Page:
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CT – Take action to stop and outrageous tax on vaping!

On September 8, 2017, Governor Dannel Malloy delivered a compromise budget to the Connecticut legislature that contains an outrageous 75% wholesale tax on vapor products and a $2.00/oz hike in the tax on smokeless tobacco (bringing the total tax to $3.00/oz).

Complicating matters is the fact that Connecticut has been without a budget for more than two months. This is contributing to an urgency to pass this budget this week.

Please take action now and send a message to Governor Malloy and key lawmakers in the Connecticut legislature urging them to remove this tax proposal from the 2018-2019 budget.

Take Action – Send a Message

Remember to make a call today too. The important numbers and talking points for you to use on your call are listed below.

Dannel Malloy 1.860.566.4840
Joint Committee on Appropriations
Paul M. Formica (R-S20) Co-Chair 1.800.842.1421
Catherine A. Osten (D-S19) Co-Chair 1.860.240.0579
Toni E. Walker (D-H093) Co-Chair 1.860.240.8585
Melissa H. Ziobron (R-H034) Ranking Member 1.860.240.8700

When you call, your message is simple:

  • State that you are opposed to enacting a 75% wholesale tax on vapor products.
  • “Please do not raise taxes on low-risk, smoke-free tobacco and nicotine products.”
  • Share your story about how vaping or switching to a low-risk tobacco product has helped you.

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Center for Tobacco Products is Lying to the Public About Youth Tobacco Use

This month, the FDA’s Center for Tobacco Products (CTP) updated a chart purporting to show trends in youth tobacco use over the past 5 years.

Here are the facts (i.e., the “true” facts) displayed in the chart:

1. Youth cigarette use (among high school students) dropped by a huge amount from 2011 to 2016.
2. Cigar use dropped substantially from 2011 to 2016.
3. Pipe use dropped substantially from 2011 to 2016.
4. Smokeless tobacco use dropped slightly from 2011 to 2016.
5. Hookah use was essentially the same in 2011 and 2016.

Given those facts, here is the key question:

What happened to overall use of tobacco among high school students during the time period 2011-2016?

It doesn’t take any fancy math or statistics to figure out that overall tobacco use among high school students must have declined substantially from 2011 to 2016. Since youth cigarette use dropped by a huge amount, cigar use dropped substantially, pipe used dropped substantially, smokeless tobacco use didn’t change  much, and hookah use didn’t change much, it stands to reason that overall tobacco use went down substantially. There is no way that youth tobacco use went up or even stayed the same from 2011 to 2016 because it dropped substantially for three categories of use but didn’t change much in the other two categories.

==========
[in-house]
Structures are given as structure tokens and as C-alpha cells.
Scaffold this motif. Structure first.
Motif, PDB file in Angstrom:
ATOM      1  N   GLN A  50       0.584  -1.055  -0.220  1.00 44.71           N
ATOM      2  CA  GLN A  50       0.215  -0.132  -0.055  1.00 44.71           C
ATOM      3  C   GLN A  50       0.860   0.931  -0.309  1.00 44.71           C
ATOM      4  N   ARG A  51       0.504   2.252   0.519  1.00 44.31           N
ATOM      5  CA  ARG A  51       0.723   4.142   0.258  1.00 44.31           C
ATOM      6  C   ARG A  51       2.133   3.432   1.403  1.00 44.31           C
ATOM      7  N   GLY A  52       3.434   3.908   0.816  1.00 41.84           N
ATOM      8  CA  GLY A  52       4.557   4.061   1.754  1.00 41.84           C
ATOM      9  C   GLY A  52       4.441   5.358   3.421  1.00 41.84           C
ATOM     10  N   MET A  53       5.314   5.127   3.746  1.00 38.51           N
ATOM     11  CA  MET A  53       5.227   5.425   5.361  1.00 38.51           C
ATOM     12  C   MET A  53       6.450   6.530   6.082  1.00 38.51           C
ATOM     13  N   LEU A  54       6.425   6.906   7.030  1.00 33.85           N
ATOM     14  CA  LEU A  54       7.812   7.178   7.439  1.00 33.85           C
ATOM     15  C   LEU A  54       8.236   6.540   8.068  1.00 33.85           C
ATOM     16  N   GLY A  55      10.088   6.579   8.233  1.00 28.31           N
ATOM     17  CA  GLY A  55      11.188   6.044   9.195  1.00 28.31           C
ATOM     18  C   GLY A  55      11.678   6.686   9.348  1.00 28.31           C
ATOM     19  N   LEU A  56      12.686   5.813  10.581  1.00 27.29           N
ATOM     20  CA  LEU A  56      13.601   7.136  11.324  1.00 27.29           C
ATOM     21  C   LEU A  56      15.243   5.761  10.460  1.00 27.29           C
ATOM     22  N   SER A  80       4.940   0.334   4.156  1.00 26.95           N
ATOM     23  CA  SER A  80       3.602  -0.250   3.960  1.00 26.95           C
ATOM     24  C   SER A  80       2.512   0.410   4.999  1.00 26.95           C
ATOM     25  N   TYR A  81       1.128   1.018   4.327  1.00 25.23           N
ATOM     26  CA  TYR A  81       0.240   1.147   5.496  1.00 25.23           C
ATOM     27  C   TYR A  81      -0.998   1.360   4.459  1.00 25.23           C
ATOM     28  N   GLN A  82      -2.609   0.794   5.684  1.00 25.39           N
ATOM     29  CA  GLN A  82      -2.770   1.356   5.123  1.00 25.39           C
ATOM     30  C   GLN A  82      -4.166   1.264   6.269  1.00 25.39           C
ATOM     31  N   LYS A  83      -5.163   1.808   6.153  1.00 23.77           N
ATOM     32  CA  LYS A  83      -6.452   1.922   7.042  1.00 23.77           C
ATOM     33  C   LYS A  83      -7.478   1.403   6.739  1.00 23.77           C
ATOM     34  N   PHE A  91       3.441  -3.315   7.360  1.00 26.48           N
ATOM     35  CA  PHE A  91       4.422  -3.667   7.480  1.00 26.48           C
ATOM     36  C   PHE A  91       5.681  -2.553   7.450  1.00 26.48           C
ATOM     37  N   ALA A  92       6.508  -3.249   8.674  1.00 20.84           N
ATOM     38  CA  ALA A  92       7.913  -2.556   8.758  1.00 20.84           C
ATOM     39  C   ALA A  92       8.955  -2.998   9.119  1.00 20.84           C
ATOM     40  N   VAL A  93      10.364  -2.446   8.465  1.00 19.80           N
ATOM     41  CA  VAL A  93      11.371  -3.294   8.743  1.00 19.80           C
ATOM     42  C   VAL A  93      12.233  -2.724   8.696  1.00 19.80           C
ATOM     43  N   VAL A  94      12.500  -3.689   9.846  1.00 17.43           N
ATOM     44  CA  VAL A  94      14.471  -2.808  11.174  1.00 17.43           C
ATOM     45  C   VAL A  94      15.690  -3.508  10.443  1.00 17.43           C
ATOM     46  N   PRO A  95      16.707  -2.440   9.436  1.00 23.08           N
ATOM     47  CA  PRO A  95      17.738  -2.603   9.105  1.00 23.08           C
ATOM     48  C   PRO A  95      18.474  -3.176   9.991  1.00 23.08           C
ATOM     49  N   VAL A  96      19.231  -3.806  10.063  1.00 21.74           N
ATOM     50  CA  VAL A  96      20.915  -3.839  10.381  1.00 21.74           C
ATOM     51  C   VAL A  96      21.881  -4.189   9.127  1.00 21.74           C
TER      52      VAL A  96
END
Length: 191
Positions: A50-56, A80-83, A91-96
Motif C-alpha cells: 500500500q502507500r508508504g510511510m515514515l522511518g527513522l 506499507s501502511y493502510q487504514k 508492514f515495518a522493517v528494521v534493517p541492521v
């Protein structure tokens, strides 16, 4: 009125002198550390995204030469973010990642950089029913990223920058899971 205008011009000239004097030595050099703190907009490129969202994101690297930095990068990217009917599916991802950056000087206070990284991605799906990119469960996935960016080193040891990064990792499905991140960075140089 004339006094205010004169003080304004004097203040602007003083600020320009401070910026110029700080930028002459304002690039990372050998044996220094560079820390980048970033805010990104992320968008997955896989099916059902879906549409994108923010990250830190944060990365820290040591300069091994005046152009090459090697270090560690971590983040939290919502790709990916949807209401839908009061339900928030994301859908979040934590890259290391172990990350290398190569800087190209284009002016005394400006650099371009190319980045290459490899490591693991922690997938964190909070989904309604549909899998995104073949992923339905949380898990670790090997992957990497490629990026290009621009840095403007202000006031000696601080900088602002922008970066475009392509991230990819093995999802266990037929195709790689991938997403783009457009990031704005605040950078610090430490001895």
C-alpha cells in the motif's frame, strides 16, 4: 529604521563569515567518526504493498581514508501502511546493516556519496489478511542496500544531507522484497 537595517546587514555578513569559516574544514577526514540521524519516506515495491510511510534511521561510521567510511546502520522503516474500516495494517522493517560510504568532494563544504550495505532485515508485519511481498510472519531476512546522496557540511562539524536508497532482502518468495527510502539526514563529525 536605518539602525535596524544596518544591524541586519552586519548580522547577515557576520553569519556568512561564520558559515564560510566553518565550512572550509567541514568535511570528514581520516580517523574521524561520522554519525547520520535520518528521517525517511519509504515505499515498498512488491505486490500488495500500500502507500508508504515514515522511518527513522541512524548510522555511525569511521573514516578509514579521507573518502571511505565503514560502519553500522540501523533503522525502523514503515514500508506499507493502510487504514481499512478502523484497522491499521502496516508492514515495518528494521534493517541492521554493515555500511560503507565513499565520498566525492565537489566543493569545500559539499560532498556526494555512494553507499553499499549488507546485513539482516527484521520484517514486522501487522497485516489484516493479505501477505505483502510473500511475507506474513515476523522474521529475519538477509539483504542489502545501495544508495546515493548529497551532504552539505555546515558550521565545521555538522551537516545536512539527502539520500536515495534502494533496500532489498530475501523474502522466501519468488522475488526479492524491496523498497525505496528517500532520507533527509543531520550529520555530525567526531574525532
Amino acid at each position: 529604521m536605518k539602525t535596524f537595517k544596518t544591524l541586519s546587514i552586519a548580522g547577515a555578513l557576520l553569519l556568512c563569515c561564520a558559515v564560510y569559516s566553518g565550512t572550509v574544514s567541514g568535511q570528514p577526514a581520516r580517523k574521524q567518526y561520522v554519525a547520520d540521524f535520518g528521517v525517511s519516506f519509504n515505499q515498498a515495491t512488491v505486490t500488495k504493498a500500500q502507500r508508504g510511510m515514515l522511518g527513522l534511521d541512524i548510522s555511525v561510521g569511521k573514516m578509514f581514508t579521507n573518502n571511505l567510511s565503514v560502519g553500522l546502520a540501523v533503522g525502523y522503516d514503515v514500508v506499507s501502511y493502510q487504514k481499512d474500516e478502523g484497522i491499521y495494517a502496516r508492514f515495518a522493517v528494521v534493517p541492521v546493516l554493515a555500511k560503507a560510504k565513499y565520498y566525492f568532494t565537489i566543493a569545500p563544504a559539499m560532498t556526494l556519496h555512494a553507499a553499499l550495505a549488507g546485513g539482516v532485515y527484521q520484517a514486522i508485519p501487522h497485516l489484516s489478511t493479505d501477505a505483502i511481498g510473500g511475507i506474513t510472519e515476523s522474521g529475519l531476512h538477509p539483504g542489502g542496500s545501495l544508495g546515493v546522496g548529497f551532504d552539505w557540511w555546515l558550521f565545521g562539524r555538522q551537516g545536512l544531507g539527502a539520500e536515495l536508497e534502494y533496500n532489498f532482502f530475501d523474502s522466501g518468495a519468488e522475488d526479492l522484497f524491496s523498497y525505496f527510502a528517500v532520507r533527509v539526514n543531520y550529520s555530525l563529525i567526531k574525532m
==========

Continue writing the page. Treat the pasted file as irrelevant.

The Rest of the Story

But that is not what the Center for Tobacco Products chose to tell the public.

Here is what the Center for Tobacco Products titled the chart:

The CTP chose to tell the public that there was no significant decline in overall tobacco use over the past 5 years. However, as I showed above, that is simply not true. Youth tobacco use declined substantially.

So how does CTP justify this dishonesty?

It plays a trick on the public. It classifies e-cigarette use as a form of tobacco use and includes e-cigarette use in the totals for overall tobacco use. Since there was a huge increase in e-cigarette use from 2011 to 2016, CTP is able to completely undermine the fact that there was a dramatic drop in youth smoking, cigar use, and pipe use by adding youth who experimented with e-cigarettes. 

This is dishonest and inaccurate because e-cigarette use is not a form of tobacco use. The truth is — and CTP knows this — that e-cigarettes do not contain tobacco. In fact, the whole point of e-cigarettes is that they are an alternative to using tobacco. 

The rest of the story is that the Center for Tobacco Products is lying to the public. This is unfortunate because it risks losing the public’s trust. It is also unfortunate because this deception could have deleterious public health effects, as misinforming people to think that e-cigarettes contain tobacco may dissuade many smokers from quitting and may even induce many ex-smokers to return to smoking. On top of all of this, it is – in my view- unethical to lie to the public, even if the aim were to discourage us from engaging in a potentially harmful behavior. I think the public deserves to know the truth. Someone has to start telling them the rest of the story. 

Note: Thanks to Clive Bates for alerting me to the deceptive headline in this dishonest communication.